Helen Rabbitte is a recent graduate in illustration (July 2013) from Liverpool John Moore’s University.
“I thoroughly enjoyed my studies, and ever since have been trying to gain as much knowledge about the industry as possible. My main goal is to move in to apparel design, for a company that produces street wear (I’m a fan of Puma, Adidas Originals or Vans.)
Like most illustrators I know, I’ve been drawing since I can remember. I went through endless sketchbooks, and used to love rainy days as it meant I could sit in and draw all afternoon.”
“I have no set routine when it comes to my design process, however I usually get all my brainwaves at night when I should be sleeping. I make sure I keep a notepad by my bed so I can jot them down and work on them in the morning (if I can wait that long!). Sometimes I can hit a wall, so I do whatever I can to get more ideas flowing. This could be listening to music, or going on design blogs but usually I go on a long run and come back buzzing with new ideas. Often I sit at my desk and just draw, without any specific idea. Filling endless sheets of paper with doodles can often lead to something brilliant.
I have a dark sense of humour and my personal work reflects this. I like to create surreal characters (lots of monsters and goo!). I am very much influenced by my childhood, love of comics and culture. I like to travel to see how much my lifestyle contrasts with others, and remind myself of how diverse an audience can be.”
“When given a brief, I spend a lot of time researching the topic, and what designers have done in the past. I find this helps me move away from the predictable, whilst still conveying the subject matter. I tend to draw very bold illustrations, using colour to create a focal point. I apply colour using a whole mixture of materials whether it be watercolour, pencil or digitally on Photoshop. I draw everything by hand, usually with black indian ink to create depth and detail, combining thin and delicate lines with thick and strong. I just love bold, clean lines!
This may be the main reasoning for my major influences, such as Greg ‘Craola’ Simkins and Alex Pardee. Although I find a wide range of illustrators to be influential in my work, my illustrations are my own and shouldn’t be compared to closely to anything or anyone else out there. I have learnt that originality is key in the world of design and I am full of fresh and exciting ideas and cannot wait to get out in to the industry.”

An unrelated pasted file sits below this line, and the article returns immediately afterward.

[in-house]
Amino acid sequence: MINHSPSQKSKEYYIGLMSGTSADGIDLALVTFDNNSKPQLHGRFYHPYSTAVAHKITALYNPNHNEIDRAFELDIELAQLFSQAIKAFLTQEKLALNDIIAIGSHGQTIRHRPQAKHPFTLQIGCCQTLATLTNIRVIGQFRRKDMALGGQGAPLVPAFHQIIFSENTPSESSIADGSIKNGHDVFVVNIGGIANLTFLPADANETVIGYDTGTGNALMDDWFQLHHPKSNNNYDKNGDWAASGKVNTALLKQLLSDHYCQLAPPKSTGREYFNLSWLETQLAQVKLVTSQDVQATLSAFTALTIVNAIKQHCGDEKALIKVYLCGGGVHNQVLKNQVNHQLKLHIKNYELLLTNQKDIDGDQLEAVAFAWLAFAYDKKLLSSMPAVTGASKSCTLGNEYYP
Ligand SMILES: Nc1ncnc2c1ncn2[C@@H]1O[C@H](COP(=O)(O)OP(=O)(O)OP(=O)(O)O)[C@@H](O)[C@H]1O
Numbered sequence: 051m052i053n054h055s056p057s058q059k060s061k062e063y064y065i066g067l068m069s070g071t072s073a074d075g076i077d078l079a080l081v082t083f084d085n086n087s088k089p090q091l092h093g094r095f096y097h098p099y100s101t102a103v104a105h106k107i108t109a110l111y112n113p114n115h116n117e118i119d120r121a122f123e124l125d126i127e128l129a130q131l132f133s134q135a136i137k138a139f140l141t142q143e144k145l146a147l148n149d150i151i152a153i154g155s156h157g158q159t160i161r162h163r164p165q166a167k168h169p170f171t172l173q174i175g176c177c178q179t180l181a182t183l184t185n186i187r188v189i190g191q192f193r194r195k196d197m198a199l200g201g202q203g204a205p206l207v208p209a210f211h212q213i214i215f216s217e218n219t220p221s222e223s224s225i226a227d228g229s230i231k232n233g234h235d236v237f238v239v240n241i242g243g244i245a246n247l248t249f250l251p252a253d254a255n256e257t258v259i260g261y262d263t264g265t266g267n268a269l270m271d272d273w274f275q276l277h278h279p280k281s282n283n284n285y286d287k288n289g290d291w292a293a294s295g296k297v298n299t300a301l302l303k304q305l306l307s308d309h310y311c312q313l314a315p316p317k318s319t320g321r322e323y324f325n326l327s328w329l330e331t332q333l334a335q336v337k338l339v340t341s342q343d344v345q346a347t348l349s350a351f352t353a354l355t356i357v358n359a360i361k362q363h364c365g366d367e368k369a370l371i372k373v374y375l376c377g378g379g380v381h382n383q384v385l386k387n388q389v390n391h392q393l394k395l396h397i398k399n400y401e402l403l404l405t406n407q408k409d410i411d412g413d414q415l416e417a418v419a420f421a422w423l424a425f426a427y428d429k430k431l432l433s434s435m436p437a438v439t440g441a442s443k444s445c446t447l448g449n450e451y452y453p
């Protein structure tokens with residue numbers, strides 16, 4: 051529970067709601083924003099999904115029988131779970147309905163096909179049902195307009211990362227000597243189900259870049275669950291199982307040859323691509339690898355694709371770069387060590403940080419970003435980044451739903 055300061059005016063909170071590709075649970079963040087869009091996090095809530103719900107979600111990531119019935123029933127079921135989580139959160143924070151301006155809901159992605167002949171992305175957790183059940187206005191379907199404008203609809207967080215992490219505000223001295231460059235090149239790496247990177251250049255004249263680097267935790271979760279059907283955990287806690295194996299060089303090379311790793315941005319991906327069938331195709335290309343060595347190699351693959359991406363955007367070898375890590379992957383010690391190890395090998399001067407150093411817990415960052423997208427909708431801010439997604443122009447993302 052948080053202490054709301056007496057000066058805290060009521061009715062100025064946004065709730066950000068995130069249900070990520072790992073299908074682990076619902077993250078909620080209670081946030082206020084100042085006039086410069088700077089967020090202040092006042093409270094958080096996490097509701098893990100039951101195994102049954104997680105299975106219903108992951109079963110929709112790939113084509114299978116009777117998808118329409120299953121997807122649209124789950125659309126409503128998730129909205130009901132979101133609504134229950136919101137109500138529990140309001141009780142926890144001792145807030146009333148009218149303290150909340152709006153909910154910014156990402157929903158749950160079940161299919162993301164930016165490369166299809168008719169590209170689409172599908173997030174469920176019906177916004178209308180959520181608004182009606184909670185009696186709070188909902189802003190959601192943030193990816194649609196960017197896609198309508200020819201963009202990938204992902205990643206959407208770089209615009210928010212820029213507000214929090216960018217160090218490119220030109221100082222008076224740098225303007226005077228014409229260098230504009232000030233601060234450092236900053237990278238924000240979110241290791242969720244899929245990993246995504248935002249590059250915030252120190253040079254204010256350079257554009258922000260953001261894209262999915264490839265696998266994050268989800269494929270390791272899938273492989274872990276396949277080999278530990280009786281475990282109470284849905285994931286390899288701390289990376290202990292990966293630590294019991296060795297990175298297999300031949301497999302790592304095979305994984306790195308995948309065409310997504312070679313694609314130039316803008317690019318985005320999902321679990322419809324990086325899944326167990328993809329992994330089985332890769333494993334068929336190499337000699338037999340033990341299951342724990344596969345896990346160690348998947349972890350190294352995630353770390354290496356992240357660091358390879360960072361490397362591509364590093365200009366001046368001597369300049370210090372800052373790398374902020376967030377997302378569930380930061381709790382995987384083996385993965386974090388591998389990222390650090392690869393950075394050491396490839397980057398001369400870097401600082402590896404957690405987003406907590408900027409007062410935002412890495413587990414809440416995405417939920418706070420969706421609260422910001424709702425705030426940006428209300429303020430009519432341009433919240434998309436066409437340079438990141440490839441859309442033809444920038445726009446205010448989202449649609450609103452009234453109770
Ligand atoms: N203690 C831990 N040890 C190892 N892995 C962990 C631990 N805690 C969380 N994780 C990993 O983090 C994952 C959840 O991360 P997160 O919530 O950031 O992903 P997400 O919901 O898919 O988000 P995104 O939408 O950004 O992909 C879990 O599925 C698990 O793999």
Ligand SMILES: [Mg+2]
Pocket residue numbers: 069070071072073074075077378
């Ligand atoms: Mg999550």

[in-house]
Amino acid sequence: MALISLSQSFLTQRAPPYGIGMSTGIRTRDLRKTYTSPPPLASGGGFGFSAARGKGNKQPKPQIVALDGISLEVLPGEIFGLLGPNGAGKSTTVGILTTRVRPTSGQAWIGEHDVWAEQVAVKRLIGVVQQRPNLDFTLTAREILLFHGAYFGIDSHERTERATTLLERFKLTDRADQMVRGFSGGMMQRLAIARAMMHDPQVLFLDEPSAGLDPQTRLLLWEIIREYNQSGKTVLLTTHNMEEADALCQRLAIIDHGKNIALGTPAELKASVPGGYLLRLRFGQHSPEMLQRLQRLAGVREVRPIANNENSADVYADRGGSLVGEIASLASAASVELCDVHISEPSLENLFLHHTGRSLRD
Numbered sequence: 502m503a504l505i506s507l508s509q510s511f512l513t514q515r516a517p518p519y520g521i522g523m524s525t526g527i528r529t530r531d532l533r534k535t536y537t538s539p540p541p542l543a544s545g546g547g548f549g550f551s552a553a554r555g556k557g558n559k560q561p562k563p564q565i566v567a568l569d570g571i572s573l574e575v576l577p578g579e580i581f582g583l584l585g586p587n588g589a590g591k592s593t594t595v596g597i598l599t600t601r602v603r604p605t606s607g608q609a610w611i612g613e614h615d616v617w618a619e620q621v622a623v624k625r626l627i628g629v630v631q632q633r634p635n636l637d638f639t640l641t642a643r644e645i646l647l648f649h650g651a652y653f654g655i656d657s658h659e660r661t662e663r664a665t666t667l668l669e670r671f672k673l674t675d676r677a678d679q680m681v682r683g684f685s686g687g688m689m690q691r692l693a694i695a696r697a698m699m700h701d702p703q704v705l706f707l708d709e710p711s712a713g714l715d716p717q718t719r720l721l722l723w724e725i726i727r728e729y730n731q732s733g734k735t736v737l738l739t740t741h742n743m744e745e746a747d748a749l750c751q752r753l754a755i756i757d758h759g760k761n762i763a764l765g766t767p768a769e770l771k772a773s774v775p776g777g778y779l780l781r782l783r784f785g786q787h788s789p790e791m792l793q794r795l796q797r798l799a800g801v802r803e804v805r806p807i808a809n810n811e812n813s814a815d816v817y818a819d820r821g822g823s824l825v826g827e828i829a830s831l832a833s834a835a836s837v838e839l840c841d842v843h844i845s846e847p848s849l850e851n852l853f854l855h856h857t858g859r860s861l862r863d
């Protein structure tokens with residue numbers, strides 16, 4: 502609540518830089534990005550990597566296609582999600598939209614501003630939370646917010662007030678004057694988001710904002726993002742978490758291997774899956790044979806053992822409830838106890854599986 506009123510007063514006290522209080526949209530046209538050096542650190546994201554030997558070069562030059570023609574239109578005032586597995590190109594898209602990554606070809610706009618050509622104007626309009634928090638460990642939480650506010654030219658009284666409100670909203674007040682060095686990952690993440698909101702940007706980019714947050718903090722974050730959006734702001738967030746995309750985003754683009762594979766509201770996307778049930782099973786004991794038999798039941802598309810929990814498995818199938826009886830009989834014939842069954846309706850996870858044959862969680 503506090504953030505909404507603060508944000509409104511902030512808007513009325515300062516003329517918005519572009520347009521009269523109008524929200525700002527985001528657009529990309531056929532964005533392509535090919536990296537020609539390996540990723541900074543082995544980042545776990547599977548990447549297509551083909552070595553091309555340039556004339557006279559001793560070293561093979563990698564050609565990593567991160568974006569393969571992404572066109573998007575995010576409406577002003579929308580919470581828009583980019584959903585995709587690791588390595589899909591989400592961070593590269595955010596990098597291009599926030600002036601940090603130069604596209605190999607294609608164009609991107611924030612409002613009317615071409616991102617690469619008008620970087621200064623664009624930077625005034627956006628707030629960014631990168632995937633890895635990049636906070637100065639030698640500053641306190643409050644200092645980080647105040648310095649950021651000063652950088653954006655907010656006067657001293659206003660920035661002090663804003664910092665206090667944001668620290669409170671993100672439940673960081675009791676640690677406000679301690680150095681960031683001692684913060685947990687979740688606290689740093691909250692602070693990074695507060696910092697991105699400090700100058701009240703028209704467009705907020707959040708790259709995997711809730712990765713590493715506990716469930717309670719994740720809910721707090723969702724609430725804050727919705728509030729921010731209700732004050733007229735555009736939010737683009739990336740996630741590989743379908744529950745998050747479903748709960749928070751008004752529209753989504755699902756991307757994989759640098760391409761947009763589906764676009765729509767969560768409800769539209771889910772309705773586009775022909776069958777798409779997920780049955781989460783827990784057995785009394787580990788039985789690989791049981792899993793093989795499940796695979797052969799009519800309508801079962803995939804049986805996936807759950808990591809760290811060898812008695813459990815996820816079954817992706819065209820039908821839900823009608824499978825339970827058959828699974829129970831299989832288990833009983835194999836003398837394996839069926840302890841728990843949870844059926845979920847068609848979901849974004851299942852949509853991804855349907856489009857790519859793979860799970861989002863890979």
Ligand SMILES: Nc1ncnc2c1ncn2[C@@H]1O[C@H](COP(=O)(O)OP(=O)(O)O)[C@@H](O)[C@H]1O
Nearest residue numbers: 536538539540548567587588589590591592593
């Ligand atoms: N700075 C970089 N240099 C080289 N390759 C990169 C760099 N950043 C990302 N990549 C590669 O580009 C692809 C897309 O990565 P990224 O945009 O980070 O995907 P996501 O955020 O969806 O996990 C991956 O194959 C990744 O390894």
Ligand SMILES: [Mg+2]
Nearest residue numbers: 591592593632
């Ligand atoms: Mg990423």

“As well as apparel design, I am very passionate about picture books. Not only are they a pedestal for artists to showcase their talents; they also create a platform for the author/illustrator to convey their opinions and attitudes toward topical issues, whether it be social, cultural, economic, or political. I love how strongly the format and imagery of a book can affect the readers opinion on a story. I have always admired Shaun Tan for how perfectly he portrays his picture books, forcing the reader to have their own take on the stories told. His wordless novels prove just how powerful an illustration can be. There is no language, age, or gender barrier and, in my opinion, pictures tell a story so much more powerfully than words ever could.
As for current work, I have recently designed Christmas cards for Home Bargain as well as posters and leaflets for local bars. For one of my most recent projects, I designed an A2 book called ‘Nursery Crimes’, which was aimed at young adults and contained illustrated nursery rhymes made up by myself, about modern day issues such as binge drinking and technology. It was designed to be educate, without patronising the young audience. The dark humour gains their interest, and doesn’t feel like a ‘lecture.’”